• Underextension: Children may use a word with a narrower meaning than in the adult language. For example, your child might only call his rattle toy a “rattle” while any other rattle he will call simply a “toy”, refusing to use the term “rattle” for it.

3. Two-Word Stage (Age: 18 to 24 months)

At around 18 to 24 months of age, children, having acquired around 50 words, often start to combine two words into the same intonational phrase unit, known as the “two-word stage.” For example, the child will say “get milk” when asking for milk.

4. Telegraphic Stage (Age: 2 to 3 years)

As children progress and start linking more than two words, they enter the “telegraphic stage.” During this stage, language tends to omit function words like articles, conjunctions, and prepositions, focusing primarily on content words such as nouns and verbs. For example, she will say: ” the cat stand up on the table”.

5. Grammatical Development Stage (Age: 3 to 5 years)

Between the ages of 3 to 5 years, children continue to refine their language skills. They begin to grasp and use more complex grammatical structures, including verb tenses, plurals, and more sophisticated sentence constructions.

6. Complex Syntactic Constructions (Age: 5 to 6 years)

By the age of 5 to 6, most children have mastered complex syntactic constructions and have a well-established phonological repertoire in their language.

As infants embark on their journey of language acquisition, they navigate these stages with innate abilities that allow them to grasp the intricacies of communication and unlock the door to a world of words and expression.

Supporting Language Development in Homeschooling

Homeschooling offers a unique opportunity for parents to actively engage in their children’s development, including language acquisition. Understanding the stages of language development in infants can be a valuable resource for homeschooling parents.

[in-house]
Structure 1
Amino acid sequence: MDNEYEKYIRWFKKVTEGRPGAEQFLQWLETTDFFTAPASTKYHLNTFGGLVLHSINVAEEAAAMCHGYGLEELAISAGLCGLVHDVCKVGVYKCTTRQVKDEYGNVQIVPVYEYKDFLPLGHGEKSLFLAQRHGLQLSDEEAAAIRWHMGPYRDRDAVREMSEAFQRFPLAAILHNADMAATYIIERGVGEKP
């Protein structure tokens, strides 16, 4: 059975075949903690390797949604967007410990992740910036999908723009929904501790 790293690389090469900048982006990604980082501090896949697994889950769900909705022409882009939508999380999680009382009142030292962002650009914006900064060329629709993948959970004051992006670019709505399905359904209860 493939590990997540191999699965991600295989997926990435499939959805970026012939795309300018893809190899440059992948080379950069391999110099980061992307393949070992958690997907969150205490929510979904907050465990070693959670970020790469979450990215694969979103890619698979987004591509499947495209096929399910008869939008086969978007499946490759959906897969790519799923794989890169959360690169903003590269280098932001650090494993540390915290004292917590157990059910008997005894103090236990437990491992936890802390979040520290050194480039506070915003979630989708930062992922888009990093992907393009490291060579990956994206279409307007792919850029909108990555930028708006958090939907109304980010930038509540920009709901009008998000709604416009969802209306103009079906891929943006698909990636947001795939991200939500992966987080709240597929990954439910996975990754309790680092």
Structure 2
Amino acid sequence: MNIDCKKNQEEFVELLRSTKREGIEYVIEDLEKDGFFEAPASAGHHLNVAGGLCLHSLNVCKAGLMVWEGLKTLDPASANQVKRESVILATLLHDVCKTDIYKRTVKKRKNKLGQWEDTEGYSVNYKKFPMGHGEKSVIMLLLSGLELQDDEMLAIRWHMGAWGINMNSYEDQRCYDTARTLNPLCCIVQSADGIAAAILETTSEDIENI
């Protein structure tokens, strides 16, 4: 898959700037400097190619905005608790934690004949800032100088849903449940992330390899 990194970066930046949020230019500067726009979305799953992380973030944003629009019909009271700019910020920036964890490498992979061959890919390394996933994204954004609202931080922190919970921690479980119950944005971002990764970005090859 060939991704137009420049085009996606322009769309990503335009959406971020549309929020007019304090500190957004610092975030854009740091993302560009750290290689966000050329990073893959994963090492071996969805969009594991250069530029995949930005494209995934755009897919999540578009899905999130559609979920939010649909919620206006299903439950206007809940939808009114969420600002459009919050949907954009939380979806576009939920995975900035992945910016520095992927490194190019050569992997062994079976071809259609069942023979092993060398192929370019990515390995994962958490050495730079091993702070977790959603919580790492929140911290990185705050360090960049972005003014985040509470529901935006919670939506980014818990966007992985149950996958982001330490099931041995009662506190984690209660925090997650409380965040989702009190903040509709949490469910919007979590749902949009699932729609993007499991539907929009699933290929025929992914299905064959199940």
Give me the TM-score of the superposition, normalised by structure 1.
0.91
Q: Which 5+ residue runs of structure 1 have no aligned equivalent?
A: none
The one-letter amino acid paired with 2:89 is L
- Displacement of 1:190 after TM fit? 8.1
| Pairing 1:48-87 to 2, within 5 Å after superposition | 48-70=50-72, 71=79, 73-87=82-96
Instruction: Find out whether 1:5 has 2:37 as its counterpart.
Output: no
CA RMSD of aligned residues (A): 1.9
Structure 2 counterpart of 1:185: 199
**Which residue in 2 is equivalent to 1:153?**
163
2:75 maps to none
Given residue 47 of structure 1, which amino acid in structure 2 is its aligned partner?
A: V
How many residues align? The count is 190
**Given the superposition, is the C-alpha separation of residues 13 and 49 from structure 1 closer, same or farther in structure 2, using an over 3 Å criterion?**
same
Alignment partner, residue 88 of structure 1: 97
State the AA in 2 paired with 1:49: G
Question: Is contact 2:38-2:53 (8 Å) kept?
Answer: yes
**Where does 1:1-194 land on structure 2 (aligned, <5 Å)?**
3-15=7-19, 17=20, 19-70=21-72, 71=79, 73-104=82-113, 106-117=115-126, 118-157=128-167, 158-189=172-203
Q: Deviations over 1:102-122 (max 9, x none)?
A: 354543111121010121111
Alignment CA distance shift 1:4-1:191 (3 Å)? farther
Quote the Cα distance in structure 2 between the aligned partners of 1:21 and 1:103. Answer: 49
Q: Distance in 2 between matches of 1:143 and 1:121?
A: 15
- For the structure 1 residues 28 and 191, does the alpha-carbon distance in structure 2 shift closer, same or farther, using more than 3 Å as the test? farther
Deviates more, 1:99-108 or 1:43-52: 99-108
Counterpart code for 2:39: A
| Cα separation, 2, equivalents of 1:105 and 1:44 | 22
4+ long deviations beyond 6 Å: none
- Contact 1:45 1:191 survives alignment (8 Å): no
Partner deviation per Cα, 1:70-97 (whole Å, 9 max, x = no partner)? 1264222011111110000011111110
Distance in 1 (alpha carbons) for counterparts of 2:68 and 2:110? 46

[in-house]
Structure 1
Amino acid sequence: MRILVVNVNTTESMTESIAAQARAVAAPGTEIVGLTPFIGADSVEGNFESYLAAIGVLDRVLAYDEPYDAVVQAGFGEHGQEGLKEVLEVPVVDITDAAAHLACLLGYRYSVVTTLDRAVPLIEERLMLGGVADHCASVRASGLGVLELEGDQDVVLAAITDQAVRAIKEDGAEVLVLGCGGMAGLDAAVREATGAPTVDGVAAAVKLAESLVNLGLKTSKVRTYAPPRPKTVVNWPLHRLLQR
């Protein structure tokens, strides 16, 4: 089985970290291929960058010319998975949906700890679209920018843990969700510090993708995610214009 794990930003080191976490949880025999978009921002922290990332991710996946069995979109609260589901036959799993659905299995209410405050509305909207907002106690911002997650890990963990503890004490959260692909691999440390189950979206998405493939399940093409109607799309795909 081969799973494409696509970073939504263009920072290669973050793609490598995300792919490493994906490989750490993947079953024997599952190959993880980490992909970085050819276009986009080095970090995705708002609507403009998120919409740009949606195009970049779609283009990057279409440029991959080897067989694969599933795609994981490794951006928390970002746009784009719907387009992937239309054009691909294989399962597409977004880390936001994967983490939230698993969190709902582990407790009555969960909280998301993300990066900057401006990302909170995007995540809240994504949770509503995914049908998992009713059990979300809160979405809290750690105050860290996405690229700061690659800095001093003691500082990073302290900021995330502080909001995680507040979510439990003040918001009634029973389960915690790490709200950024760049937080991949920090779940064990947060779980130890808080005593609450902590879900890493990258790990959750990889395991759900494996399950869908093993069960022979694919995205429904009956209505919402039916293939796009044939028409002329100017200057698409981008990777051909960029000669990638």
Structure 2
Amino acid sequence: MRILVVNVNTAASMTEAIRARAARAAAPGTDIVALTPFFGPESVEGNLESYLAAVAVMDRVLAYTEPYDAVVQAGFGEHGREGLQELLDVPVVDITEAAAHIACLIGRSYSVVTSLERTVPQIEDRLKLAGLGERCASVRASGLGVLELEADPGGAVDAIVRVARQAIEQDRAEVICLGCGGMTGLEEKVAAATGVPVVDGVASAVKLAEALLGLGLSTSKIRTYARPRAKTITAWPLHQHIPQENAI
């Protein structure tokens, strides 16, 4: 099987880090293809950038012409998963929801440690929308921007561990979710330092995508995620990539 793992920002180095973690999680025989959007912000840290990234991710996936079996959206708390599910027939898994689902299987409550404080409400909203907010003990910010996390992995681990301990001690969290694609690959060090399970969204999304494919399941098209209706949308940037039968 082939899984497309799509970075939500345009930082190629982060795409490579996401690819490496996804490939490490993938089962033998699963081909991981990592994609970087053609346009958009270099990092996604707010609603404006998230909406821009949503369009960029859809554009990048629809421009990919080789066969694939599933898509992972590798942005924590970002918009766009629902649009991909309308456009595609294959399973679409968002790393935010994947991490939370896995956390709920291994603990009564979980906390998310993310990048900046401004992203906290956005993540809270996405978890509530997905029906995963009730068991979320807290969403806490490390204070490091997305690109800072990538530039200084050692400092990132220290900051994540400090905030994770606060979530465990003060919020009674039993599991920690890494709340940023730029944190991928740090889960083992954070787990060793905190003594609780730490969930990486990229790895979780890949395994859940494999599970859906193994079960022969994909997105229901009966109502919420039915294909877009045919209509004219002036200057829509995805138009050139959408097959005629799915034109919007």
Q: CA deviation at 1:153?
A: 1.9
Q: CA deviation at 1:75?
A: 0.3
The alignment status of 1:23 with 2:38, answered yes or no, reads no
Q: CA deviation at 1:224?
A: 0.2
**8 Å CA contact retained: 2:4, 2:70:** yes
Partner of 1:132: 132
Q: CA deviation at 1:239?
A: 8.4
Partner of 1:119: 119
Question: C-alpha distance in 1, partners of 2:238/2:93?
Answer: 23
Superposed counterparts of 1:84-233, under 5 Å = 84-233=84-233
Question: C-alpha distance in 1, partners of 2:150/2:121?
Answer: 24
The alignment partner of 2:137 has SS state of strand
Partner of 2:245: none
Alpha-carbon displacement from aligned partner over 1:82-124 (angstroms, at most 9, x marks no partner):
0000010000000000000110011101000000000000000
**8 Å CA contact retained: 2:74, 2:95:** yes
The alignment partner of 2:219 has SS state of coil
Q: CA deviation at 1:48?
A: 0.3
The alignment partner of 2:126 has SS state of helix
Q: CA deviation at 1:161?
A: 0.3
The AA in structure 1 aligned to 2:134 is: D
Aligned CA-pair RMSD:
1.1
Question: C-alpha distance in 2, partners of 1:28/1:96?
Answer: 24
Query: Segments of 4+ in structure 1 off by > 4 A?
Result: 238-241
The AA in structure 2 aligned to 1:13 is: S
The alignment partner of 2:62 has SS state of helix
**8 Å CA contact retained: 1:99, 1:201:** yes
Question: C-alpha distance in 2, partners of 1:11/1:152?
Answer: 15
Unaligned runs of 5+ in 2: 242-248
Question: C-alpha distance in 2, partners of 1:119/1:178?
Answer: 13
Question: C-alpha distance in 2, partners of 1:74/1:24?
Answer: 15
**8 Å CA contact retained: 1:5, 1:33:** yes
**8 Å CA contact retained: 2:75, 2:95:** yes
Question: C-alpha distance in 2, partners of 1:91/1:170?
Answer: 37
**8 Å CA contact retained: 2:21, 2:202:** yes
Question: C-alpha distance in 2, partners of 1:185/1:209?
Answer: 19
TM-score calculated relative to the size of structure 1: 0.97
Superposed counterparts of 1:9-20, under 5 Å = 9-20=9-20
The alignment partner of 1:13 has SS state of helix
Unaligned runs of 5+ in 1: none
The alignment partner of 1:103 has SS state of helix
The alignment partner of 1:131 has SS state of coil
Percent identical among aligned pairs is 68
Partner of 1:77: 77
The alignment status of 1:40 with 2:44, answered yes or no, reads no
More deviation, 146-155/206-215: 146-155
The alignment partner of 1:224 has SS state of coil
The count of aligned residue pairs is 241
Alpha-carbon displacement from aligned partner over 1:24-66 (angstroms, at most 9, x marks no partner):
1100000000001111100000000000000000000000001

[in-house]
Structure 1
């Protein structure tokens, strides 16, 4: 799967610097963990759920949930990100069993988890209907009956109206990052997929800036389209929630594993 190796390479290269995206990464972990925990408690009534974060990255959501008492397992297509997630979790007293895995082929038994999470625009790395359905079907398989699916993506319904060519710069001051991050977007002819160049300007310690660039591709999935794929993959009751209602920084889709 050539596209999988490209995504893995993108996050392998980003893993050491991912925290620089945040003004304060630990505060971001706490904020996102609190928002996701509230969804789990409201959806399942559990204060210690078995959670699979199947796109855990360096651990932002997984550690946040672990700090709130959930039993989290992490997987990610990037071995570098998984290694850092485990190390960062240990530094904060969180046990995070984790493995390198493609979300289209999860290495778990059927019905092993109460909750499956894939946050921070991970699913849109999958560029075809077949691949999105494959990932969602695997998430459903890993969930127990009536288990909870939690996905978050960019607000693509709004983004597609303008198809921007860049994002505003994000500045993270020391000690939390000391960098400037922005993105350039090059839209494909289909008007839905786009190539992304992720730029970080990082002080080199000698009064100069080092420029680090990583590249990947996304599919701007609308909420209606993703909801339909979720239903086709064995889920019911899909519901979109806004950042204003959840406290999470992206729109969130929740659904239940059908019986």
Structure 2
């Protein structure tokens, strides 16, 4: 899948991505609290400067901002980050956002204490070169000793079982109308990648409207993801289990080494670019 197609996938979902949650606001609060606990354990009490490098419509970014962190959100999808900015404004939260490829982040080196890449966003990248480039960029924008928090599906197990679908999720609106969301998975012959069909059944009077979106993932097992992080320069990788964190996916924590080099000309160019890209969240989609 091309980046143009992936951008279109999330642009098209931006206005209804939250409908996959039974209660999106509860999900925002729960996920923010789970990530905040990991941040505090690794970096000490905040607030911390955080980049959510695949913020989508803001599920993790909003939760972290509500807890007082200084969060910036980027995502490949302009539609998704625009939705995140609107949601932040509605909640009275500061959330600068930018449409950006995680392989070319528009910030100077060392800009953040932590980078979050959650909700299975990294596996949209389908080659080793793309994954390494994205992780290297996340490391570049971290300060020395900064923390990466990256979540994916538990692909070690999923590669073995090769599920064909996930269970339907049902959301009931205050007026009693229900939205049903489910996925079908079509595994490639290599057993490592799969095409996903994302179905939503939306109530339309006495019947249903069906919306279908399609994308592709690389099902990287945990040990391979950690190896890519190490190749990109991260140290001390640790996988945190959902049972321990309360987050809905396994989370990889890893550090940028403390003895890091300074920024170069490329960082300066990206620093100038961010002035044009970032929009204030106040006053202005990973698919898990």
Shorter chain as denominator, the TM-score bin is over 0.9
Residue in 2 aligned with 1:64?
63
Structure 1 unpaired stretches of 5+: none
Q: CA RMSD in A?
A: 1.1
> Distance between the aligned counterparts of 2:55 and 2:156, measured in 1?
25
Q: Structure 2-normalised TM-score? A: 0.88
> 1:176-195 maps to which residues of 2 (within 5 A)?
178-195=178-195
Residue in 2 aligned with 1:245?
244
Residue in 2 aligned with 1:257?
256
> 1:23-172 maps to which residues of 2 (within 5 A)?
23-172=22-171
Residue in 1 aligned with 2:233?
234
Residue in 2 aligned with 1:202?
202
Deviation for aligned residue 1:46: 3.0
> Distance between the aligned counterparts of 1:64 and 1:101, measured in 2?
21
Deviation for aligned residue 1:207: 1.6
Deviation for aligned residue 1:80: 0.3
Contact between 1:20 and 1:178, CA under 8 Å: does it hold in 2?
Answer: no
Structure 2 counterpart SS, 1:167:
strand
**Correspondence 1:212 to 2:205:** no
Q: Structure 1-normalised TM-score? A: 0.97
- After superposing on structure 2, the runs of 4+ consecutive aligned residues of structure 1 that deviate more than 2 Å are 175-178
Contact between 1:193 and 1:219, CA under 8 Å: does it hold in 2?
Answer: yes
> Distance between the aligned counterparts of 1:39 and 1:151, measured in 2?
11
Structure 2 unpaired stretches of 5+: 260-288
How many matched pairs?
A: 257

Here are three general guidelines:

  1. Listen to Your Child: When babies are learning to talk, it’s essential to make them feel heard and understood. When you hear your young child attempting to speak, take the time to listen attentively. Responding to their attempts at communication reinforces the idea that their words have meaning and value. This not only encourages them but also strengthens your bond with your child.
  2. Running Commentary: Babies and young children are like sponges when it comes to language acquisition. They learn by absorbing the language they hear in their environment. Therefore, it’s crucial to provide a rich linguistic environment by talking to them as much as possible. Describe what you’re doing, what they’re seeing, and what’s happening around them. This running commentary helps them connect words to their surroundings and experiences.
  3. Expand on What They Say: When your child attempts to communicate, whether through single words or short phrases, try to expand on their expressions. For example, if they say “car,” you can respond with “the big blue car” or “the car is driving.” This not only reinforces the word they used but also introduces new vocabulary and sentence structures. However, it’s essential not to pressure or force your child to repeat these longer phrases. The goal is to model correct language usage naturally, allowing them to absorb it at their own pace without frustration.